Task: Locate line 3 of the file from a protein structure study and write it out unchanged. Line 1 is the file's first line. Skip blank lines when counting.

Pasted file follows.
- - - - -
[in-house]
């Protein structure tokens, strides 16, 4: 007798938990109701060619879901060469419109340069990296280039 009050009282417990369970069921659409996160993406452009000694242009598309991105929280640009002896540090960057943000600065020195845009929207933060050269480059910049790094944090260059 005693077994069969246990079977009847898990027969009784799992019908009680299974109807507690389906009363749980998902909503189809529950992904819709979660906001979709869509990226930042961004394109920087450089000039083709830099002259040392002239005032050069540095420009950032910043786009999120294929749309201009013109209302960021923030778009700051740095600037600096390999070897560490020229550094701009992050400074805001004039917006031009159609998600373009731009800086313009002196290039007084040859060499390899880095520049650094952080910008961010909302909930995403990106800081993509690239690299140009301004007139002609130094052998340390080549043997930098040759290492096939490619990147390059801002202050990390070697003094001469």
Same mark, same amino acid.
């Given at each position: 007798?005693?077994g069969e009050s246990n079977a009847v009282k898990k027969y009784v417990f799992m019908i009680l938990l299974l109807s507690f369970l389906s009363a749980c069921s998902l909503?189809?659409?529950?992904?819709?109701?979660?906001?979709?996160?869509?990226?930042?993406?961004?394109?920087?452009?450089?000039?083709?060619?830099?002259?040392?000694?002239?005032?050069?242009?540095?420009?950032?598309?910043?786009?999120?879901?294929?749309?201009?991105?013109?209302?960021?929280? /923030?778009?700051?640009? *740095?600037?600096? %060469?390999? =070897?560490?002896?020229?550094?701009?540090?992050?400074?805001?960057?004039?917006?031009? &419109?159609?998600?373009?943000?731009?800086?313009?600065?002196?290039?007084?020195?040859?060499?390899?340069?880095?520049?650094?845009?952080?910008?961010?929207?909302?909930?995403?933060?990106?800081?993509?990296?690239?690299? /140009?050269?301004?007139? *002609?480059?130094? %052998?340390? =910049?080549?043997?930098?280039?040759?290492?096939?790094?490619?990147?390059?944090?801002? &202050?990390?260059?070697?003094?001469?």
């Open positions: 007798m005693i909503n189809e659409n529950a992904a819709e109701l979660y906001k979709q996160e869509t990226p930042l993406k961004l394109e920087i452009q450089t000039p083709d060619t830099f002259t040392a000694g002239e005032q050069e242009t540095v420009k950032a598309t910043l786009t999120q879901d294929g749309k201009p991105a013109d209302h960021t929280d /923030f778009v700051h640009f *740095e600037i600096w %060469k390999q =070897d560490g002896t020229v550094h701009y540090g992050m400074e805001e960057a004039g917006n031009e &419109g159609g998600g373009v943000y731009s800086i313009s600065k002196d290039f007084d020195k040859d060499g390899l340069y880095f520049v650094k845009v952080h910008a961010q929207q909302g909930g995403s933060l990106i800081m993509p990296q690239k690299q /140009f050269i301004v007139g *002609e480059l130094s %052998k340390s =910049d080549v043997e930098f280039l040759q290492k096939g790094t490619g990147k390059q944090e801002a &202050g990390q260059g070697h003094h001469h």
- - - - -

Same mark, same amino acid.